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What You Need to Know About the Invasive Snakehead Fish


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Meet the northern snakehead. It's an aggressive invasive fish species with a snake-like head that can jump out of the water and wiggle across land to new waterways.

The northern snakehead fish is native to parts of Asia and Africa but has been tearing a trail of destruction across North American fisheries for the last 20 years. Believed to have been introduced by residential aquarium owners that released them into the wild, sightings of the snakehead have been reported and confirmed in several states all across the nation, including New York, Pennsylvania, New Jersey, California, Delaware, Florida, Georgia, Hawaii, Maine, Maryland, Massachusetts, Arkansas, Virginia, and Rhode Island, according to the U.S. Environmental Protection Agency.

These fish are distinguished by their unique ability to breathe air, which allows them to migrate short distances over land. They can do this because they have supra-branchial organs, which are primitive forms of labyrinth organs. National Geographic even called snakeheads "fishzilla," describing them as "an insatiable predator that obliterates the food chain...freshwater's public enemy number one: the snakehead."

Not only can they breathe air, but they can also survive on land for up to four days, provided they are still wet. All that's needed is a little mud. They have been known to migrate up to 400 meters, or a quarter of a mile, on wet land to other bodies of water by wriggling with their bodies and fins. They are a true invasive species in every sense of the word.

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A Snake-Like Fish

A snakehead fish on a black background

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The name "snakehead" comes from the long, cylindrical body and large scales on their head that give them a snake-like appearance. They have long dorsal fins, large mouths, and sharp, shiny teeth.

The snakehead is a top predatory fish in native ecosystems and disrupts the natural aquatic feeding structure. They cause substantial ecological damage because, in many areas to which they are not native, the absence of natural enemies give them apex predator status over all native fish. Each spawning-age female can release up to 15,000 eggs at once, and snakeheads can mate as often as five times a year once they reach maturity. This means in just two years, a single female can release up to 150,000 eggs.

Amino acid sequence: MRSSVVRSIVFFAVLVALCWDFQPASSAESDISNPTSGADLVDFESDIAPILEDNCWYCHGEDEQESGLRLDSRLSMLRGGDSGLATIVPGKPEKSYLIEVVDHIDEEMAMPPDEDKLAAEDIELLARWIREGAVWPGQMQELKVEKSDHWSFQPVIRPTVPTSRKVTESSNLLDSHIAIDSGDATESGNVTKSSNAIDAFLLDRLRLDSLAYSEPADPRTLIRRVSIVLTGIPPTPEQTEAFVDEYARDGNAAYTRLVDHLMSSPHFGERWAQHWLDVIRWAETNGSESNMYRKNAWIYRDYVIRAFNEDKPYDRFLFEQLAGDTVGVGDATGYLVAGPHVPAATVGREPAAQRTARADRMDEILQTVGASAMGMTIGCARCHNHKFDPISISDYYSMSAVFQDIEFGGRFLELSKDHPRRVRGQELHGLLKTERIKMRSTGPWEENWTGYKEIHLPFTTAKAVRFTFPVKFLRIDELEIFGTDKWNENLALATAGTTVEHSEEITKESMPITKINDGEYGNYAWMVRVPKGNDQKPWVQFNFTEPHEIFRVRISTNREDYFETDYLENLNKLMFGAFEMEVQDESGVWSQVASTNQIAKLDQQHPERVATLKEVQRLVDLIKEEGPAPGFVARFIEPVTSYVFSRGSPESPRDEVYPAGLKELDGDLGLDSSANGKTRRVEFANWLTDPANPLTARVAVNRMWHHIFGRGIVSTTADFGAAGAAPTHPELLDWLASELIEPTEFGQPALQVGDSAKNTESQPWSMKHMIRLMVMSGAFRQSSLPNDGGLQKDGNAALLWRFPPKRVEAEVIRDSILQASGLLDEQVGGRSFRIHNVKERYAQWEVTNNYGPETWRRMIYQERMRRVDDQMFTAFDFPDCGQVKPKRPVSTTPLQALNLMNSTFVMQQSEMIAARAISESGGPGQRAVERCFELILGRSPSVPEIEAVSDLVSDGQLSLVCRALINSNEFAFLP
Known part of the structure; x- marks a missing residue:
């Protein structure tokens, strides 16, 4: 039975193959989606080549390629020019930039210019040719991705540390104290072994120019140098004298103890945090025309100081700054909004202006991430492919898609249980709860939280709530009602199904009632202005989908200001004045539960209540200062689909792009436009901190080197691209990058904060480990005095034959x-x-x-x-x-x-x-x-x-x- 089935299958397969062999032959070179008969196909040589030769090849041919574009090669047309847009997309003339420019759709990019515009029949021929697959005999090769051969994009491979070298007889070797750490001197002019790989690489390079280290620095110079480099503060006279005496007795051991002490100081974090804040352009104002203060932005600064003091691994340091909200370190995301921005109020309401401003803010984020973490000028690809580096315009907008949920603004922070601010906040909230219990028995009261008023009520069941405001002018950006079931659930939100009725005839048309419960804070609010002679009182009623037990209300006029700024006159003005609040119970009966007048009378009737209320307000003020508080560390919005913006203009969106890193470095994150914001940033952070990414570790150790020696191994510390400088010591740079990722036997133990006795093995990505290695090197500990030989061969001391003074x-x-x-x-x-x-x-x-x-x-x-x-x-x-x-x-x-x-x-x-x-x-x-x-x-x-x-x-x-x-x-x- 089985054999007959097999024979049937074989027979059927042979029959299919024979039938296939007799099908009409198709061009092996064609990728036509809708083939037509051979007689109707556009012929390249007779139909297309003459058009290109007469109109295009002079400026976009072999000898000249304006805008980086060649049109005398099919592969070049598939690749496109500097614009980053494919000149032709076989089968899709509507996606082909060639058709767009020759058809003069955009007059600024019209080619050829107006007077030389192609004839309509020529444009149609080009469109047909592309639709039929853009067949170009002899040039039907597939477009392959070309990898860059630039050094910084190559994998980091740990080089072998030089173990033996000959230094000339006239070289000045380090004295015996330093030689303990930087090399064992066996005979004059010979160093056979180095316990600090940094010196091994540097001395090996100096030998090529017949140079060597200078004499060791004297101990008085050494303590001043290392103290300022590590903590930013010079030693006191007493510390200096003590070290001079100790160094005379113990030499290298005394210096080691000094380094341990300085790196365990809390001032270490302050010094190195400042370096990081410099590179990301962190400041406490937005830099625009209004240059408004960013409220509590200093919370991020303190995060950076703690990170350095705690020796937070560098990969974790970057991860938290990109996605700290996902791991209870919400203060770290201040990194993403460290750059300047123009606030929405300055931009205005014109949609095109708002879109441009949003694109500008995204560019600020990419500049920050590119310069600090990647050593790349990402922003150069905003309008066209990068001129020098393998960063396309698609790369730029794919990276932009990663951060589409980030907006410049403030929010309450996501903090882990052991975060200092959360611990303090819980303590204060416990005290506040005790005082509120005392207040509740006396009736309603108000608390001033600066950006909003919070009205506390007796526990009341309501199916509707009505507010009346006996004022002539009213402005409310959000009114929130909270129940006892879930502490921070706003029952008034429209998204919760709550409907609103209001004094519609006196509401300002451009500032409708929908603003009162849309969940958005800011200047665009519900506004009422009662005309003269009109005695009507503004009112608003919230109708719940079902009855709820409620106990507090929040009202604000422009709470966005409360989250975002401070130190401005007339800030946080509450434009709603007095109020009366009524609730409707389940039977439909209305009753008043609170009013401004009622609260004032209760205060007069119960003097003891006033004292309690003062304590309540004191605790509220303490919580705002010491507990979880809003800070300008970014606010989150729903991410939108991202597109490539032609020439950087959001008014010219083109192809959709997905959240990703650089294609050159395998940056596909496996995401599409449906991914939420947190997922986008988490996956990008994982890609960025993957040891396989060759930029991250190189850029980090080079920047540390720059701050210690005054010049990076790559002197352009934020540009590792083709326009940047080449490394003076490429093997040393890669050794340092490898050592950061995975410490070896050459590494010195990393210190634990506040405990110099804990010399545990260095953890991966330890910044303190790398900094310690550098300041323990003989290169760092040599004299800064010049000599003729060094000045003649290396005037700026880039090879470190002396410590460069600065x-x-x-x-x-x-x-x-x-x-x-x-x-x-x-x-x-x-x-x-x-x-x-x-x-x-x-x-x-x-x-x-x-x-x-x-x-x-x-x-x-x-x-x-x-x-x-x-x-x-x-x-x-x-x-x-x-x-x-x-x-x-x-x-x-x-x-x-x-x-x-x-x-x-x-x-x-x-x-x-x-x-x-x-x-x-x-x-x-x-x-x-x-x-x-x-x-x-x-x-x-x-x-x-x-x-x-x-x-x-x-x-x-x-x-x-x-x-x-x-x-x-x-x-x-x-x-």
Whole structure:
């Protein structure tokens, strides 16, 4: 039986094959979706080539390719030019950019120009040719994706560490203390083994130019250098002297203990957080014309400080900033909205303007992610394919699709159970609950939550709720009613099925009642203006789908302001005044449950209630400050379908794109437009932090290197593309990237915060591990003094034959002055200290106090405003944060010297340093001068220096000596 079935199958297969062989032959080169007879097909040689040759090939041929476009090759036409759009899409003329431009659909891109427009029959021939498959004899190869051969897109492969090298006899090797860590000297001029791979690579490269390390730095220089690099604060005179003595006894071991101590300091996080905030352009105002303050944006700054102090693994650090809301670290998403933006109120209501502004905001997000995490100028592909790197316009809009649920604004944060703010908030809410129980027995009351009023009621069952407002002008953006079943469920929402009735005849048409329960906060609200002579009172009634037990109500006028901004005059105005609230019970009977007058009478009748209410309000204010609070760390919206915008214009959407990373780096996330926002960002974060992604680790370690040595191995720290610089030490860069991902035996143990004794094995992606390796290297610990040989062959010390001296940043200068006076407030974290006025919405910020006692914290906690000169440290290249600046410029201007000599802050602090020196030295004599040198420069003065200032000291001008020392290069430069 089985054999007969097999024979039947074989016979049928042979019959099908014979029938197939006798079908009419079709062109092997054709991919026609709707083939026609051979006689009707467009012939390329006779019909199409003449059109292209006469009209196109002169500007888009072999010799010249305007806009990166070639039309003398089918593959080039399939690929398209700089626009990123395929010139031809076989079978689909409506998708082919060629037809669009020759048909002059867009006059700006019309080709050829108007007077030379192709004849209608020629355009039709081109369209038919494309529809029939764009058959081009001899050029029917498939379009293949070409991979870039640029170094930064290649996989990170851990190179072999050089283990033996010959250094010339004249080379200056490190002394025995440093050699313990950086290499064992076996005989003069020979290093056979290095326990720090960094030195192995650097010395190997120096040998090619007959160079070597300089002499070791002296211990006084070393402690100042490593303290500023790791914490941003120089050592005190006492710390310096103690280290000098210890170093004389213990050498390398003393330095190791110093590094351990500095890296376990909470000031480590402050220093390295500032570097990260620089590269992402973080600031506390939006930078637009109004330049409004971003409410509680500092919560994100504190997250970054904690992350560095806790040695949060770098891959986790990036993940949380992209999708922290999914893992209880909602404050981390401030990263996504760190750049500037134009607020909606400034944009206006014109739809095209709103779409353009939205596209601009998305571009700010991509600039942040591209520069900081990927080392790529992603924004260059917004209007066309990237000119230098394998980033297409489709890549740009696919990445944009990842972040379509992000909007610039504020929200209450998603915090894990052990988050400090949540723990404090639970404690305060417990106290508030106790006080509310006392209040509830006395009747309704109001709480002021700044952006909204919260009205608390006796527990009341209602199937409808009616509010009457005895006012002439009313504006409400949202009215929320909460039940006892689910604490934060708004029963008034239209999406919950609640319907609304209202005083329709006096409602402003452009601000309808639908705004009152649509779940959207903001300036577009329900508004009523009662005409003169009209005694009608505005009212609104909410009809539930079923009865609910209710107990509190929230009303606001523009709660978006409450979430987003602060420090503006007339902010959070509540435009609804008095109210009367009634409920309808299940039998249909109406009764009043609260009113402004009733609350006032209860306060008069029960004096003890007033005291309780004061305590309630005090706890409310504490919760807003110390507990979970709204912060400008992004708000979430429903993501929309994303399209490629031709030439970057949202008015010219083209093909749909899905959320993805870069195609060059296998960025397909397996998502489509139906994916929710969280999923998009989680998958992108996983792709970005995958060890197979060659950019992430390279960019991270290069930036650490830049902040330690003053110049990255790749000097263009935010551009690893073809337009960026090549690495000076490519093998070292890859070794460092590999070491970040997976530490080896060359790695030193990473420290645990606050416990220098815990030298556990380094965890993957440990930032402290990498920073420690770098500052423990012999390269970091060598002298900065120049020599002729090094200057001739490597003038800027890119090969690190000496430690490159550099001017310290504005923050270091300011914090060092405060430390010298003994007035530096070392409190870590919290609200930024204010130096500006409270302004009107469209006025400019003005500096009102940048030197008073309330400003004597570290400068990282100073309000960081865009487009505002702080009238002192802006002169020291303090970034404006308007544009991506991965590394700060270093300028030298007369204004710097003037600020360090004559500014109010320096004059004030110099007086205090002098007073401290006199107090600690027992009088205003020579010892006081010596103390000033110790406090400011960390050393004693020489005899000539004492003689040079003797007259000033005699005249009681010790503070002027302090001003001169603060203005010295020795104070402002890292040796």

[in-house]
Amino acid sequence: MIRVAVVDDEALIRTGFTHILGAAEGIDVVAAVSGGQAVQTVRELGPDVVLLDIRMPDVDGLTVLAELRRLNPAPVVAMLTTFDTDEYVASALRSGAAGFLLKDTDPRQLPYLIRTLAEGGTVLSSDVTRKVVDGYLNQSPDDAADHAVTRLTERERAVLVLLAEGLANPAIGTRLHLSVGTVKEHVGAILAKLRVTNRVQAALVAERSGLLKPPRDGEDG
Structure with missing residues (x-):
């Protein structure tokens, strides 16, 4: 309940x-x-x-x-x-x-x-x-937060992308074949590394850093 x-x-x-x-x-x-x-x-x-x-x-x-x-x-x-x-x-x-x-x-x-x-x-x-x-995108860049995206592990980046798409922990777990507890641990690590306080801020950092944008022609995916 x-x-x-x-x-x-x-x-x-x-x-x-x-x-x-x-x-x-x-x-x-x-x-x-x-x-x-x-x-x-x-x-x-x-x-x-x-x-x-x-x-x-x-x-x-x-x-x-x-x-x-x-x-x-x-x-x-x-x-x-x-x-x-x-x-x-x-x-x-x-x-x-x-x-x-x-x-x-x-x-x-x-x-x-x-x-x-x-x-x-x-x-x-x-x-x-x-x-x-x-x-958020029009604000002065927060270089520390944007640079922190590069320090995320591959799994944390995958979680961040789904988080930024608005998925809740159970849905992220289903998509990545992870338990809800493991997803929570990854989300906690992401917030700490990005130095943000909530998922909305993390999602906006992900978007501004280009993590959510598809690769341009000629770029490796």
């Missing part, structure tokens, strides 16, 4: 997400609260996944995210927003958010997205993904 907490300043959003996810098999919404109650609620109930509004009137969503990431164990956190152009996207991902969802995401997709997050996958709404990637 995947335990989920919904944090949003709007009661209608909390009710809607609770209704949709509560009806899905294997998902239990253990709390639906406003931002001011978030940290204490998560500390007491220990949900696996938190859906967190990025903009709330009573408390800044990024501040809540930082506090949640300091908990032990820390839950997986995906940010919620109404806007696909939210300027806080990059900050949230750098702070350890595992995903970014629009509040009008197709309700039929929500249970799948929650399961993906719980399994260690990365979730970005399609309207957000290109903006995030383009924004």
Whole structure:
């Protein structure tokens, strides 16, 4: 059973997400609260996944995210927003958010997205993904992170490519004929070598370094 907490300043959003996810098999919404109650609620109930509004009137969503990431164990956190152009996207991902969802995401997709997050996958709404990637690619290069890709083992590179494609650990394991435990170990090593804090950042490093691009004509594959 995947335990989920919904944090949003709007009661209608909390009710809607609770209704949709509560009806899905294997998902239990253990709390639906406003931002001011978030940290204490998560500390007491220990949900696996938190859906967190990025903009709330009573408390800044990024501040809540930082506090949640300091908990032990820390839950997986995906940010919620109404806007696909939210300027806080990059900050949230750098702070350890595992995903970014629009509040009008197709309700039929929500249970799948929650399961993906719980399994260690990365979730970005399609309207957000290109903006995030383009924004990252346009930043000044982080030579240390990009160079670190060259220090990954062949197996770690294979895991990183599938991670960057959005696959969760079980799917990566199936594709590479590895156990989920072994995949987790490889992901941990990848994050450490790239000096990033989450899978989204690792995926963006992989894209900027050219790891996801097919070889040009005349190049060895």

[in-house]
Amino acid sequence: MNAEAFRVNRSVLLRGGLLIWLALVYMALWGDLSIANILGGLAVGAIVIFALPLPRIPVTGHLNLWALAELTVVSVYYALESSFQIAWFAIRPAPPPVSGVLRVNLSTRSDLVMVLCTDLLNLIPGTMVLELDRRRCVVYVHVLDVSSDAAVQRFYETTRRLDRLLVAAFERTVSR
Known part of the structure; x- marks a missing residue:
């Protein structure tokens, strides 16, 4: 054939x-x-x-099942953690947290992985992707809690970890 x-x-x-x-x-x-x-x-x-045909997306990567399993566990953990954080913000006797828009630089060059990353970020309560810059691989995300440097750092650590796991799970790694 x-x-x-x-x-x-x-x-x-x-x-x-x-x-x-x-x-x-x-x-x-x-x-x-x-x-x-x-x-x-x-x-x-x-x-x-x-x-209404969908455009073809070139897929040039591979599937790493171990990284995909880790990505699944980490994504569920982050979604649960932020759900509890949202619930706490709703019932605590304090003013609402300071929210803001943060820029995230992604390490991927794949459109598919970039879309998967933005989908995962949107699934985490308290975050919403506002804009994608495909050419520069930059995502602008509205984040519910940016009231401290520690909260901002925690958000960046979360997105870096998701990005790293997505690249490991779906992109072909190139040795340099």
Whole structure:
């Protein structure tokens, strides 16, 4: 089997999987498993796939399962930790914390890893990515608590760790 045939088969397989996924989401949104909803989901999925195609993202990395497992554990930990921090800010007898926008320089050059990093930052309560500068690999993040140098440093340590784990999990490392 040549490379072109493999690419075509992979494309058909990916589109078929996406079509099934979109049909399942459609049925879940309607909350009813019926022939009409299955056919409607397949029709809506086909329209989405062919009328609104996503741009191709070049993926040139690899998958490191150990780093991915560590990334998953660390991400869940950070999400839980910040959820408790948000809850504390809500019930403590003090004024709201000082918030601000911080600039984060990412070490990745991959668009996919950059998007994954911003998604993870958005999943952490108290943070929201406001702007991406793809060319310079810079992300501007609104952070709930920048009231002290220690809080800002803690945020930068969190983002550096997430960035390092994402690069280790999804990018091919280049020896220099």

Anglers in the United States are encouraged to kill, report, and even eat any northern snakehead fish they catch. In many parts of the world, the fish is revered as a nutritious and flavorful food source. It is a very common base for many Asian dishes.

A New Initiative

A snakehead fish on the end of a fishing line

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Efforts to encourage the catch and removal of snakeheads are growing in frequency. This past spring, the Maryland Department of Natural Resources, in conjunction with the U.S. Fish and Wildlife Service (USFWS), announced a new tagging program established to monitor invasive northern snakeheads in the Chesapeake Bay and Blackwater River. 500 northern snakeheads have been tagged with either yellow or blue tags, and each tagged northern snakehead harvested from now until 2024 could be rewarded with a gift card of $10 or $200. In order to qualify, the harvester must report the tag number and is asked to take a picture of their harvested and tagged northern snakehead. By measuring the amount of northern snakehead harvested, the agencies will learn if population benchmarks are being reached, and ultimately help control the spread of the species.

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Snakeheads have been a problem species in Maryland for the past two decades. Harvesting snakeheads helps reduce predation pressure on the state's natural resources. Other local and regional agencies are addressing the snakehead issue as well. The more awareness there is, the less of a problem it may become.

World Record Snakehead

The world record northern snakehead was caught less than a decade ago in Virginia. According to the International Game Fish Association, a Spotsylvania County, Virginia resident caught the world-record 17-pound, 6-ounce northern snakehead at the junction of Aquia Creek and the Potomac River in 2013. Before that catch, the previous record had been caught in Japan.

Targeting Snakeheads

Florida Aims To Control Invasive Snakehead Fish Species

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For anglers that like a challenge, snakehead fishing can be a blast. Snakeheads are a tough-fighting freshwater fish, are very aggressive, and strike a topwater lure with explosive force. Look for them along riverbanks and in muddy, shallow bottoms. Bring along some pliers for getting these fish off the hook, because those razor-sharp teeth pack a punch.

Releasing snakeheads back into the same body of water they are caught from is not illegal in most states, but transporting live snakeheads is illegal. It is recommended that any snakeheads caught are killed and not released back into the water.

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